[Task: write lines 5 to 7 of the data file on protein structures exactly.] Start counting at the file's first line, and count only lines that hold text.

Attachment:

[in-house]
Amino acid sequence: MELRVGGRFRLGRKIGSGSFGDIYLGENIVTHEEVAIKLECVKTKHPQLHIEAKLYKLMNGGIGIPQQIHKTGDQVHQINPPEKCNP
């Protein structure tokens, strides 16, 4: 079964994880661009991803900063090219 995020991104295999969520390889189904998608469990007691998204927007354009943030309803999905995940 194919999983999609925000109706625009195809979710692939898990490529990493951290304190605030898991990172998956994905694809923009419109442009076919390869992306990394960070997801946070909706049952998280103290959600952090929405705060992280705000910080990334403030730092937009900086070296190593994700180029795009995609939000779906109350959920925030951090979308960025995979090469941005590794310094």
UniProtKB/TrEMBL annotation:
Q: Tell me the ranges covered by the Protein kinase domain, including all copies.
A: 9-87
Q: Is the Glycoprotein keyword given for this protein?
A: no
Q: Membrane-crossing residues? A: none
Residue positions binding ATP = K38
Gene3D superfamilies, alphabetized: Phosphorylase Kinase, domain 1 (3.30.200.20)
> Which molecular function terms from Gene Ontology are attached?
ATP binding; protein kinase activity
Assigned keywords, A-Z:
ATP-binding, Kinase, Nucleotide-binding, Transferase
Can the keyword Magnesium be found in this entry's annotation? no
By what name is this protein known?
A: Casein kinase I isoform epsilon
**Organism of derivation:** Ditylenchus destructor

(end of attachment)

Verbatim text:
Q: Tell me the ranges covered by the Protein kinase domain, including all copies.
A: 9-87
Q: Is the Glycoprotein keyword given for this protein?